As the costs, time, and effort needed to gather the information increases, you get exhausted and frustrated because a seemingly small purchase is now taking a toll on your mental health. The purchase was supposed to make your life more comfortable in the first place!
Due to this fatigue, you finally give up, decide to end your misery, and buy one of the short-listed options. However, you don’t realize that decisions made at this stage of research- where you are exhausted, is poor. The fatigue makes you go for the wrong option eventually. I guess this is why, when faced with an important decision, it is advised to “sleep over it” because sleeping helps you get rid of the fatigue, and therefore, improves decision making.
Anyway, this fatigue does not end with the purchase. Once you purchase the product, you stay anxious if you have missed a better option for the same price. Unfortunately, if you come across (and believe me you will!) a better product after the purchase, the regret of making the wrong purchase haunts you every time you see your purchase.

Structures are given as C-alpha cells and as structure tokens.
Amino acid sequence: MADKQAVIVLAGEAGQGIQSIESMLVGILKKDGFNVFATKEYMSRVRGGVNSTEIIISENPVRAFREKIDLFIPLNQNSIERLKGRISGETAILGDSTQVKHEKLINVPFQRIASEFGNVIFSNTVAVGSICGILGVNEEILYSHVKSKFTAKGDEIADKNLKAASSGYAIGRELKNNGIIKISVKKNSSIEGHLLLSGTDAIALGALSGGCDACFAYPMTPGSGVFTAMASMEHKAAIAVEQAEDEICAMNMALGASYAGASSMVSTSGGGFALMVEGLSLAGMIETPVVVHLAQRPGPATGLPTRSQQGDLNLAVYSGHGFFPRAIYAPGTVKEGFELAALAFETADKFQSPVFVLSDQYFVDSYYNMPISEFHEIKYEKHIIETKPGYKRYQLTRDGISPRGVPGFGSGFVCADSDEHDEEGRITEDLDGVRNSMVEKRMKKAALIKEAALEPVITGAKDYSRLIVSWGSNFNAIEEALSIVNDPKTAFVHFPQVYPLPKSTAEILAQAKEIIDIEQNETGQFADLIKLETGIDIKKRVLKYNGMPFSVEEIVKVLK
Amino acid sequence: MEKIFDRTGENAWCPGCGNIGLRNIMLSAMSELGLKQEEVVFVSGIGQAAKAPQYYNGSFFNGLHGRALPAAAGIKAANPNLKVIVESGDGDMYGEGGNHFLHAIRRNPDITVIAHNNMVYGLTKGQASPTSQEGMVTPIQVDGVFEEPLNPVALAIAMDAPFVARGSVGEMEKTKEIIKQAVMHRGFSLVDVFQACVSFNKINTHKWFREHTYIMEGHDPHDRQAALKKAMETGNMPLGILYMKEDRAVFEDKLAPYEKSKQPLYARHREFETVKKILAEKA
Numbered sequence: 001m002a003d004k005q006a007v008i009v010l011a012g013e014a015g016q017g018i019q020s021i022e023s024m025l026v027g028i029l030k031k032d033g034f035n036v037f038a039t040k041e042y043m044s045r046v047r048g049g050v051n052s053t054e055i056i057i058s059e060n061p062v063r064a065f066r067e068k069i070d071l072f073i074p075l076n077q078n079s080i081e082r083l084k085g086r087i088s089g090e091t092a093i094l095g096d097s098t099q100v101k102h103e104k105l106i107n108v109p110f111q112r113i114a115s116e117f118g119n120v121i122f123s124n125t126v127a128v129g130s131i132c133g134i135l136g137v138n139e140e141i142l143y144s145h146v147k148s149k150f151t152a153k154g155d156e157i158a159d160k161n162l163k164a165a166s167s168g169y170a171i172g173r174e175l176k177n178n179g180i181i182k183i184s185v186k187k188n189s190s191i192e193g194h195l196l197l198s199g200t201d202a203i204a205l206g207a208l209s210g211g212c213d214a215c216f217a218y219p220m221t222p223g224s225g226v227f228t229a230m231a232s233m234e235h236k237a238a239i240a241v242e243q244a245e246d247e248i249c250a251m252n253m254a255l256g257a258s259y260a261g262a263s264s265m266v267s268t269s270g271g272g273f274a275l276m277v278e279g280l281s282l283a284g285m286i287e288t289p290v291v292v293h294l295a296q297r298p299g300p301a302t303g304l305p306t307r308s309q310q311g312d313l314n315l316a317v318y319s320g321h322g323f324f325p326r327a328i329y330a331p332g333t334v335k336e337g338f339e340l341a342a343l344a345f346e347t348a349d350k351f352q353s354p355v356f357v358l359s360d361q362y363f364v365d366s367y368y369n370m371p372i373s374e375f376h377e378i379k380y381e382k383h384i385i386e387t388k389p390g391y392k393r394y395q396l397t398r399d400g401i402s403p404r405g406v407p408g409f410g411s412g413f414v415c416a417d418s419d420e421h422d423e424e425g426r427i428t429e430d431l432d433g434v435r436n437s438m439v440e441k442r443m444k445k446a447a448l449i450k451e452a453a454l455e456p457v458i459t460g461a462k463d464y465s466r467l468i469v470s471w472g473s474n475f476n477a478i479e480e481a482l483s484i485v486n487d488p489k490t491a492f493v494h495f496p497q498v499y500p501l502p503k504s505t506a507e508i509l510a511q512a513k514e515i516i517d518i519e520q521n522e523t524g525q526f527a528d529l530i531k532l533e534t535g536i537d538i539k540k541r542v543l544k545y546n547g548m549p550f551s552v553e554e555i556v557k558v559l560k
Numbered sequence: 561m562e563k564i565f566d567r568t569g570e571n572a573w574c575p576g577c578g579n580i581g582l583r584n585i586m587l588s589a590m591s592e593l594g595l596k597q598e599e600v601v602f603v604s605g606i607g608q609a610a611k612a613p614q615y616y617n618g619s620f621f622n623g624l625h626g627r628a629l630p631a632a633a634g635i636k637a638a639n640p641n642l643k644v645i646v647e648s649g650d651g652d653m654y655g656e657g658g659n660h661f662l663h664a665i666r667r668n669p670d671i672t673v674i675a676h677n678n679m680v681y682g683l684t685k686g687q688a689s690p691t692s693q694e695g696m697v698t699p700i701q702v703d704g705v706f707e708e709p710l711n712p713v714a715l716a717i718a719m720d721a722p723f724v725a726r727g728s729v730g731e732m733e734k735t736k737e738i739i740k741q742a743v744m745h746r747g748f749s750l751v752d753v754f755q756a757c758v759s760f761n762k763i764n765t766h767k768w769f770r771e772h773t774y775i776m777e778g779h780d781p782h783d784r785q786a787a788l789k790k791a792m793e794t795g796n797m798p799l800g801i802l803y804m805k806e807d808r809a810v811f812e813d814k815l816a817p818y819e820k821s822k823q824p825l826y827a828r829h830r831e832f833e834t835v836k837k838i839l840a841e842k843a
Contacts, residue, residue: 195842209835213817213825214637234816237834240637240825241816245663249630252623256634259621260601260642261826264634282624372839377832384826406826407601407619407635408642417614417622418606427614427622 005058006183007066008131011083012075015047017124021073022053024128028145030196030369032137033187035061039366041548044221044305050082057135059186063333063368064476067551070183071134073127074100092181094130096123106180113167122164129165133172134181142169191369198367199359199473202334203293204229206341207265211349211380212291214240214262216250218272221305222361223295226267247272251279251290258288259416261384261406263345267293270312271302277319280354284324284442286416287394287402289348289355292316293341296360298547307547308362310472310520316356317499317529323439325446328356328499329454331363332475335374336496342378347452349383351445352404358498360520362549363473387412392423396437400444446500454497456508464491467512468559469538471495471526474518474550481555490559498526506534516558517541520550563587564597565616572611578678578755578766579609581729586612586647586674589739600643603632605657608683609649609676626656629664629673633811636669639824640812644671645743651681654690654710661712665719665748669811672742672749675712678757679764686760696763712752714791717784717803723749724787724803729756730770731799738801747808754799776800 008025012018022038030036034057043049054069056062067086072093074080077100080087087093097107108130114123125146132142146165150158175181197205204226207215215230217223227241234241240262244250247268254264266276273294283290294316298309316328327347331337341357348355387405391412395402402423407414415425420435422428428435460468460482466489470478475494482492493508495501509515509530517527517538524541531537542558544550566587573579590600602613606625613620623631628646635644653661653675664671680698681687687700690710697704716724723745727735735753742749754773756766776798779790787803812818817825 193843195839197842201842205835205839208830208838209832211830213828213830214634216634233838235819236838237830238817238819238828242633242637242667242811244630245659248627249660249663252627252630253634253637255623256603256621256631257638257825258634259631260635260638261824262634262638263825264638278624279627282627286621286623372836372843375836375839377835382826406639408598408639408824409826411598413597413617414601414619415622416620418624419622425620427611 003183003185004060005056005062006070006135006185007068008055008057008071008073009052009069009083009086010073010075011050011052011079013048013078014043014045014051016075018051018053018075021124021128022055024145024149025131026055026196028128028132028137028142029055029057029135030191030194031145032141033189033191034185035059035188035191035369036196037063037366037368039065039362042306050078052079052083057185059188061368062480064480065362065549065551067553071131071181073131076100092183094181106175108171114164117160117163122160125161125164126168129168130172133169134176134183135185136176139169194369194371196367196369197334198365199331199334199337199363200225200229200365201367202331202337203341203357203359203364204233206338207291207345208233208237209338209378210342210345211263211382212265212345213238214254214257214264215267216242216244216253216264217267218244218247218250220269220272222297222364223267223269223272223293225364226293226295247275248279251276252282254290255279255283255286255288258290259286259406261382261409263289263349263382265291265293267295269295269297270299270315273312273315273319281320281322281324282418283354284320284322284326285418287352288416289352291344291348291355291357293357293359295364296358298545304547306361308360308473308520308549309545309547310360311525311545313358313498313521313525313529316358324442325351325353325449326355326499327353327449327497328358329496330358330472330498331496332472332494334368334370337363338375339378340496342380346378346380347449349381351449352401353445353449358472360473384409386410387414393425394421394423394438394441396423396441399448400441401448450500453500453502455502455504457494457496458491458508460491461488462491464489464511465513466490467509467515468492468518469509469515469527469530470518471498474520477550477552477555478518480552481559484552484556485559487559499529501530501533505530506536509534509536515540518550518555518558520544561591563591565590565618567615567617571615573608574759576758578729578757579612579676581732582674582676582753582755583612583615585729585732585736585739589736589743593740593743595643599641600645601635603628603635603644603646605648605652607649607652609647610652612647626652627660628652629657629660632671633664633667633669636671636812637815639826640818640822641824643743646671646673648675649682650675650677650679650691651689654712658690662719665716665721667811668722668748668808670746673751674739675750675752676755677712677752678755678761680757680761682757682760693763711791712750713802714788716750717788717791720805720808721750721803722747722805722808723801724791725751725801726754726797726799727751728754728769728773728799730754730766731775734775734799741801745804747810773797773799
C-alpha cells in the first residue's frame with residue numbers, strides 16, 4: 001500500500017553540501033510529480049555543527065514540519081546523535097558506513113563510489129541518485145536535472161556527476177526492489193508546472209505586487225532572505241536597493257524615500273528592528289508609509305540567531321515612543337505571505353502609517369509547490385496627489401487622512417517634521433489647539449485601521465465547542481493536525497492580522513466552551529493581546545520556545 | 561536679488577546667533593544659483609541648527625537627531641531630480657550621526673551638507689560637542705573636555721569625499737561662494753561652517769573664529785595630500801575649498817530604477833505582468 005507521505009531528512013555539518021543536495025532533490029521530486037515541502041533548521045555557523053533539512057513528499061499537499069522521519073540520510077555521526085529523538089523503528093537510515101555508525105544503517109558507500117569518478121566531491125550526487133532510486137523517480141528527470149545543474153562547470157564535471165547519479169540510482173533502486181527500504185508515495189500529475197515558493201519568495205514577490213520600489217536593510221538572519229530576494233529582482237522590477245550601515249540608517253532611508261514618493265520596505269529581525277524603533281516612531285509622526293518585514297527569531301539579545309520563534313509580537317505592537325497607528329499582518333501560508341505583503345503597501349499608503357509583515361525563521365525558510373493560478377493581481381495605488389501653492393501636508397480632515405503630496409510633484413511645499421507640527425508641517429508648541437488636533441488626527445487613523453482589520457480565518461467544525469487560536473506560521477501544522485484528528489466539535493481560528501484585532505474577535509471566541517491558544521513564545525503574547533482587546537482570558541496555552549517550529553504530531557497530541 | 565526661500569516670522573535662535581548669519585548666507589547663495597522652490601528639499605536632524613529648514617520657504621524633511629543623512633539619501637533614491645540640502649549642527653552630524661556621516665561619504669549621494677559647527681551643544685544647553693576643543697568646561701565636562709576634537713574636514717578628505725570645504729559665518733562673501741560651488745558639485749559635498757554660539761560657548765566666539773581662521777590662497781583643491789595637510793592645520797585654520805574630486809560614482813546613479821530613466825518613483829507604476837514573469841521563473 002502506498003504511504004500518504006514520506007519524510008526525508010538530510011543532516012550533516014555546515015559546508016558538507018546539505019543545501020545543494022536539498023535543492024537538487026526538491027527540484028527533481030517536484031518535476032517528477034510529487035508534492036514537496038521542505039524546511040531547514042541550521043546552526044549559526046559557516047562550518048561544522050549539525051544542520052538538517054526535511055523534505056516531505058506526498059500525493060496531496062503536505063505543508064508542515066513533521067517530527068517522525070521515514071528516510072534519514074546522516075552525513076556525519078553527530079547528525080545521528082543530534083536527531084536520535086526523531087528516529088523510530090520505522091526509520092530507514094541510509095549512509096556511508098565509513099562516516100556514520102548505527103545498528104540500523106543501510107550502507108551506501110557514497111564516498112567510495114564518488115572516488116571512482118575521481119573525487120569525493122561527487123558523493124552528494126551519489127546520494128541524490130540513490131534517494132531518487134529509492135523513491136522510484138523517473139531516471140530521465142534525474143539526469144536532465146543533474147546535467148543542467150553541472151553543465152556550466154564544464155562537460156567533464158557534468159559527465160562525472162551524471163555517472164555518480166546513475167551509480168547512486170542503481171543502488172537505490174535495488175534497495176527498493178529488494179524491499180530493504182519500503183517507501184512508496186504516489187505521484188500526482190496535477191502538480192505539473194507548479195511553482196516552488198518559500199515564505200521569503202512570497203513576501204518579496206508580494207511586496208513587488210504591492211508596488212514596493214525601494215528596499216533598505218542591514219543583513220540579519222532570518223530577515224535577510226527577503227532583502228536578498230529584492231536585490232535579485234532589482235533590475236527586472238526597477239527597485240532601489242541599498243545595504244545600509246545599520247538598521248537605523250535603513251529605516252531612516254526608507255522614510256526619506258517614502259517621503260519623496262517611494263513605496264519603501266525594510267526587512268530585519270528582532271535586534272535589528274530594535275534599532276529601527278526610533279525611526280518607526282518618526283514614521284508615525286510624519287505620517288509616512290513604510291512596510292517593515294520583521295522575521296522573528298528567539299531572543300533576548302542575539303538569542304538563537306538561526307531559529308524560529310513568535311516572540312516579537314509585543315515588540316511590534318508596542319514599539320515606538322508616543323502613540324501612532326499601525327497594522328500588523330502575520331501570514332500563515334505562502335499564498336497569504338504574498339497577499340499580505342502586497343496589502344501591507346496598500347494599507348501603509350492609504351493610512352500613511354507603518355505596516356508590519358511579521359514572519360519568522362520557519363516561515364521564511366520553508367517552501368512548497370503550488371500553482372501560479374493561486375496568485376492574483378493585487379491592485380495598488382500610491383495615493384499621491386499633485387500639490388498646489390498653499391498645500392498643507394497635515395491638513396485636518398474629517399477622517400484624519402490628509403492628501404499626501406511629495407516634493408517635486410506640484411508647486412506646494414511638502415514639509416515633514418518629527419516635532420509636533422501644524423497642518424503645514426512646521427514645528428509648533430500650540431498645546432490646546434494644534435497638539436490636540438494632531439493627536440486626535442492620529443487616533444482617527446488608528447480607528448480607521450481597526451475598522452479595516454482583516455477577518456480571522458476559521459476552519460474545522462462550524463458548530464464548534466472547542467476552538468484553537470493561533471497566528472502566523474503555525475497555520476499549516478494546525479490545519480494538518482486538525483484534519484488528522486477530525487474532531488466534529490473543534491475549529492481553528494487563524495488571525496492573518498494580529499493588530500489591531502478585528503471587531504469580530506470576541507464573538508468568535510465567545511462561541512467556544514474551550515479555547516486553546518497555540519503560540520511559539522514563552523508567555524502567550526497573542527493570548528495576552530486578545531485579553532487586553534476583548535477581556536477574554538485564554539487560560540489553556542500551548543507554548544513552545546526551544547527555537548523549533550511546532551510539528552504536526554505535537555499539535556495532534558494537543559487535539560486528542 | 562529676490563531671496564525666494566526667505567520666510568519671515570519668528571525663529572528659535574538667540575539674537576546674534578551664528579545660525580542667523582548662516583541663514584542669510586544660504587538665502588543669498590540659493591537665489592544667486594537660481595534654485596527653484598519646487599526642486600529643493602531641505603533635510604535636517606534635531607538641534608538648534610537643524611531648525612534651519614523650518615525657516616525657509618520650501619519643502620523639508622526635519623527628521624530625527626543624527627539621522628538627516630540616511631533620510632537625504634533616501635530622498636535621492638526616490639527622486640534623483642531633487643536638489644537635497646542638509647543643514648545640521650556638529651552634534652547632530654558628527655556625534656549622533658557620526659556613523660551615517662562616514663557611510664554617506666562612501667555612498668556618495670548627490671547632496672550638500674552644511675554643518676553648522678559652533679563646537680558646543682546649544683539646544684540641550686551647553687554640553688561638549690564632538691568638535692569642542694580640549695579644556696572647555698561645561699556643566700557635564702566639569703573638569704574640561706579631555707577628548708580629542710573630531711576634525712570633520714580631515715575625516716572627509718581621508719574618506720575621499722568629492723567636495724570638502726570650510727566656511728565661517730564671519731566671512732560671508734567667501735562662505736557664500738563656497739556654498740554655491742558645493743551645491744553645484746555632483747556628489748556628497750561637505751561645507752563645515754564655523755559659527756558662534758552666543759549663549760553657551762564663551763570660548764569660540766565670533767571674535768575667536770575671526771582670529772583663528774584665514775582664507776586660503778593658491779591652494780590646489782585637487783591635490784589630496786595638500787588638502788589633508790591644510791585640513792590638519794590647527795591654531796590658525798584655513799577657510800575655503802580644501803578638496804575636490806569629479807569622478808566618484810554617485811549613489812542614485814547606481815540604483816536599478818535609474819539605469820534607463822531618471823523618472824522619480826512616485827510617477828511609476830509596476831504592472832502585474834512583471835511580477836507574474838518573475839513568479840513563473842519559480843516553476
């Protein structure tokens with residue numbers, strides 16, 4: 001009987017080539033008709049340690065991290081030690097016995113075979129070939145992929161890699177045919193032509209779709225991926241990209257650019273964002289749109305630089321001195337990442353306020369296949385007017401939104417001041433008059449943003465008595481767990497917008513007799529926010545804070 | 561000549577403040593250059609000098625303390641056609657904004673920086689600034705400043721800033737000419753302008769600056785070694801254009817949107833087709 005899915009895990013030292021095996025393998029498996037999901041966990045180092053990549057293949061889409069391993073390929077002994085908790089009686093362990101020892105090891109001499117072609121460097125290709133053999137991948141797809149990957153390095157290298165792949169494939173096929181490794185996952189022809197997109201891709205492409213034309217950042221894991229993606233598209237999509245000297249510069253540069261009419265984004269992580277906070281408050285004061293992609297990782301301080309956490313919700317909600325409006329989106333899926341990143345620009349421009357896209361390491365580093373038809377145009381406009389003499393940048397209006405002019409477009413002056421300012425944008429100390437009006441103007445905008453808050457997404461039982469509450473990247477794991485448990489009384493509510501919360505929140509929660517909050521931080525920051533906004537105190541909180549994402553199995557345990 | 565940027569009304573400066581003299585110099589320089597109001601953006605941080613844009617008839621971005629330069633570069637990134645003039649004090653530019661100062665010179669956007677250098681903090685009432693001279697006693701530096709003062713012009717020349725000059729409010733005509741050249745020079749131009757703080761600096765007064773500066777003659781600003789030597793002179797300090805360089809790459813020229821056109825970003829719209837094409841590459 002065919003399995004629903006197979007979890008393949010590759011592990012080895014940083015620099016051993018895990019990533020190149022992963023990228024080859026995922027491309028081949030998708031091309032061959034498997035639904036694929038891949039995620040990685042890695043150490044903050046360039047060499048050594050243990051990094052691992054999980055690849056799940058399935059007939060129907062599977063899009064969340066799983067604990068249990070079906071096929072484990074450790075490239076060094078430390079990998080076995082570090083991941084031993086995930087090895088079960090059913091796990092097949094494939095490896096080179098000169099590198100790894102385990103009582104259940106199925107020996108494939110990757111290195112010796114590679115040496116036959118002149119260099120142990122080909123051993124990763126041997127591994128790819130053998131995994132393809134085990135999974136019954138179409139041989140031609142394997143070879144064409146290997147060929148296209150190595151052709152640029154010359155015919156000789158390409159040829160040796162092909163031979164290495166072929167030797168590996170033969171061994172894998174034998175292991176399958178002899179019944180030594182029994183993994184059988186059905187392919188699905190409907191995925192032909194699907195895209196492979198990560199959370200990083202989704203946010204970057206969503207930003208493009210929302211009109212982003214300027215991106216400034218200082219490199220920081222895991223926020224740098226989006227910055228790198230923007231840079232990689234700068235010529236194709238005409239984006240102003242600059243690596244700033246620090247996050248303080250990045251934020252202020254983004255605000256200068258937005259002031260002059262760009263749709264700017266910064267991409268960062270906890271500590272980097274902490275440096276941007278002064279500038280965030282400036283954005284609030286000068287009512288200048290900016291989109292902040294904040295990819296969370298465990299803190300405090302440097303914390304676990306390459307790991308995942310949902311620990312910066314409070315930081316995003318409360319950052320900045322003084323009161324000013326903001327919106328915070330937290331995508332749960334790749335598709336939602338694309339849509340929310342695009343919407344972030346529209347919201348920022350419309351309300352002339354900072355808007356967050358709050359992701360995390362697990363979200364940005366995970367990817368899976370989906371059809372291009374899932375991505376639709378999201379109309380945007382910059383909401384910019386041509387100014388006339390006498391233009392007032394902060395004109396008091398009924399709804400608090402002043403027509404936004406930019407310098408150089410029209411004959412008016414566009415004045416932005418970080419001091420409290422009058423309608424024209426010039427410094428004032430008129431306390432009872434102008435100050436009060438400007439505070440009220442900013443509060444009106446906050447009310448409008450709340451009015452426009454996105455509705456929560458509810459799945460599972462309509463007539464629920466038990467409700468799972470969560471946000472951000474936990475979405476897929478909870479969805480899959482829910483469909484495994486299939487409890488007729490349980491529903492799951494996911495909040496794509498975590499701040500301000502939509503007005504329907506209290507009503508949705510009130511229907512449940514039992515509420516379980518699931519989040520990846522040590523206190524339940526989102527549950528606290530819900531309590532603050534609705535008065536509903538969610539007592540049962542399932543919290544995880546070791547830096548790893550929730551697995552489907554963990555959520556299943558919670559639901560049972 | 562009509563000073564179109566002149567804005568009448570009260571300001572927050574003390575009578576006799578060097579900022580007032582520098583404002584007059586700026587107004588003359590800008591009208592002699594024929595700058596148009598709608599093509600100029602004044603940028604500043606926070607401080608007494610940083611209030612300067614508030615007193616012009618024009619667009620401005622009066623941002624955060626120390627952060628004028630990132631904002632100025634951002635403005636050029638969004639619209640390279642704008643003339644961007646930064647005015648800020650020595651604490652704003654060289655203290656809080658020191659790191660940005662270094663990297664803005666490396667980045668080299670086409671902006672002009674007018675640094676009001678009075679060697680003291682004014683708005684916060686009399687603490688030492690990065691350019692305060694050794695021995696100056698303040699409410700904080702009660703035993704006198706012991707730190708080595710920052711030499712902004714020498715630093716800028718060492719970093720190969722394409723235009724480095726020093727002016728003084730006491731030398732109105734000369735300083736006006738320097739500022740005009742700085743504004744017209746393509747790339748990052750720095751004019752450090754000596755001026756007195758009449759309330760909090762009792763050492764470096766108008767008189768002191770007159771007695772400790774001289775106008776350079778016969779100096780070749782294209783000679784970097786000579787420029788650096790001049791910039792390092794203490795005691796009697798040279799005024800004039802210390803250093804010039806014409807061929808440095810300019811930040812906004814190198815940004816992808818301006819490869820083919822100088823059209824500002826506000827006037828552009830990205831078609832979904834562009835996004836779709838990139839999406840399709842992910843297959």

Researcher Barry Schwartz sums it up beautifully:
“As the level of certainty people have about their choice decreases, the anticipation that they will regret their choice increases”.
This all does’nt end here. After-sales service provided by many stores these days is the option to “refund” or “exchange” after the purchase. Even though this option provides confidence in the purchases you make, in contrast, it takes away the calm associated with a good purchase.
Owing to this option, you stay in doubt even after receiving your purchase. Researches have also proved that those provided with the option to exchange or refund are normally more dissatisfied with their purchases.
Academic researches proving the Choice Overload dilemma
- As per a study conducted by Washington University, if people are given less choices, they buy more. The study concluded that 30% of people bought from the store which offered fewer options of jams, while only 3% bought from the large store that offered more options. Moreover, those who bought from the store with fewer options were more satisfied with their purchase. (Iyengar and Lepper, 2000)
- A study conducted by Columbia University shows if people are given lots of choices, they opt to go for the most basic option. In that study, when people were given a big range of features to choose from when buying a car or suit, they started asking for the standard option rather than taking their time to evaluate all the options.
- A research by National Bureau of Economic Research concluded that when people are given more investment opportunities for their pension plans, they always opted to put off the decision for a later date rather than making it quickly.